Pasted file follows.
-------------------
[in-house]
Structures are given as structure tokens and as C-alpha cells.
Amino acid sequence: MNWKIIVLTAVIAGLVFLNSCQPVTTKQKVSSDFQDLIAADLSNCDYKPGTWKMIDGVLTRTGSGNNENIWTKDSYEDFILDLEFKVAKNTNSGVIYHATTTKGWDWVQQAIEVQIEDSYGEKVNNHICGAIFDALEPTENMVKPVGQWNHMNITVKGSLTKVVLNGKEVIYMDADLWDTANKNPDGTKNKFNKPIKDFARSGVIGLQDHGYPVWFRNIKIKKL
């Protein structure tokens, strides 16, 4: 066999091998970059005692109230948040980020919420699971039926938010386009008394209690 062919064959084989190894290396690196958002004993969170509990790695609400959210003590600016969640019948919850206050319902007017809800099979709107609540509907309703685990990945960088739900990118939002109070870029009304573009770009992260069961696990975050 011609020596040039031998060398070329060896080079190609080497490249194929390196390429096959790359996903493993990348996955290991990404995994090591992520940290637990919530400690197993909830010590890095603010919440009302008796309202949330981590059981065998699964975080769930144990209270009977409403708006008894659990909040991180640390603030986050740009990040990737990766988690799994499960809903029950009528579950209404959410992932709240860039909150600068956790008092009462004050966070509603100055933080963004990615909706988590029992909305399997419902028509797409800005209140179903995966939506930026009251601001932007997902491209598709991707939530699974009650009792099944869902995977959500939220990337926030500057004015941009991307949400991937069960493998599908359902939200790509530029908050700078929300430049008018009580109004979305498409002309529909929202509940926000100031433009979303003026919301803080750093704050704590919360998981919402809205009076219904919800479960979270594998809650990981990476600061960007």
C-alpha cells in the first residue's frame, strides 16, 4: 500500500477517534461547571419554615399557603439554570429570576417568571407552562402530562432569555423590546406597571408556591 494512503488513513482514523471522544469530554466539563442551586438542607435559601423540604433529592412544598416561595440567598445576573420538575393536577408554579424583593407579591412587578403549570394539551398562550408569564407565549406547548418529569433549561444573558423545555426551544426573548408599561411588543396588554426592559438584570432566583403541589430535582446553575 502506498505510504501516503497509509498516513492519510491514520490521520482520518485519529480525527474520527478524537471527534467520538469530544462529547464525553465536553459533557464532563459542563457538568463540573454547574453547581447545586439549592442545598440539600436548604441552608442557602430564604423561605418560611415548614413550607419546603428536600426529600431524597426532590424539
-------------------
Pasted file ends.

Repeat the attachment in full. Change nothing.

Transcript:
[in-house]
Structures are given as structure tokens and as C-alpha cells.
Amino acid sequence: MNWKIIVLTAVIAGLVFLNSCQPVTTKQKVSSDFQDLIAADLSNCDYKPGTWKMIDGVLTRTGSGNNENIWTKDSYEDFILDLEFKVAKNTNSGVIYHATTTKGWDWVQQAIEVQIEDSYGEKVNNHICGAIFDALEPTENMVKPVGQWNHMNITVKGSLTKVVLNGKEVIYMDADLWDTANKNPDGTKNKFNKPIKDFARSGVIGLQDHGYPVWFRNIKIKKL
């Protein structure tokens, strides 16, 4: 066999091998970059005692109230948040980020919420699971039926938010386009008394209690 062919064959084989190894290396690196958002004993969170509990790695609400959210003590600016969640019948919850206050319902007017809800099979709107609540509907309703685990990945960088739900990118939002109070870029009304573009770009992260069961696990975050 011609020596040039031998060398070329060896080079190609080497490249194929390196390429096959790359996903493993990348996955290991990404995994090591992520940290637990919530400690197993909830010590890095603010919440009302008796309202949330981590059981065998699964975080769930144990209270009977409403708006008894659990909040991180640390603030986050740009990040990737990766988690799994499960809903029950009528579950209404959410992932709240860039909150600068956790008092009462004050966070509603100055933080963004990615909706988590029992909305399997419902028509797409800005209140179903995966939506930026009251601001932007997902491209598709991707939530699974009650009792099944869902995977959500939220990337926030500057004015941009991307949400991937069960493998599908359902939200790509530029908050700078929300430049008018009580109004979305498409002309529909929202509940926000100031433009979303003026919301803080750093704050704590919360998981919402809205009076219904919800479960979270594998809650990981990476600061960007």
C-alpha cells in the first residue's frame, strides 16, 4: 500500500477517534461547571419554615399557603439554570429570576417568571407552562402530562432569555423590546406597571408556591 494512503488513513482514523471522544469530554466539563442551586438542607435559601423540604433529592412544598416561595440567598445576573420538575393536577408554579424583593407579591412587578403549570394539551398562550408569564407565549406547548418529569433549561444573558423545555426551544426573548408599561411588543396588554426592559438584570432566583403541589430535582446553575 502506498505510504501516503497509509498516513492519510491514520490521520482520518485519529480525527474520527478524537471527534467520538469530544462529547464525553465536553459533557464532563459542563457538568463540573454547574453547581447545586439549592442545598440539600436548604441552608442557602430564604423561605418560611415548614413550607419546603428536600426529600431524597426532590424539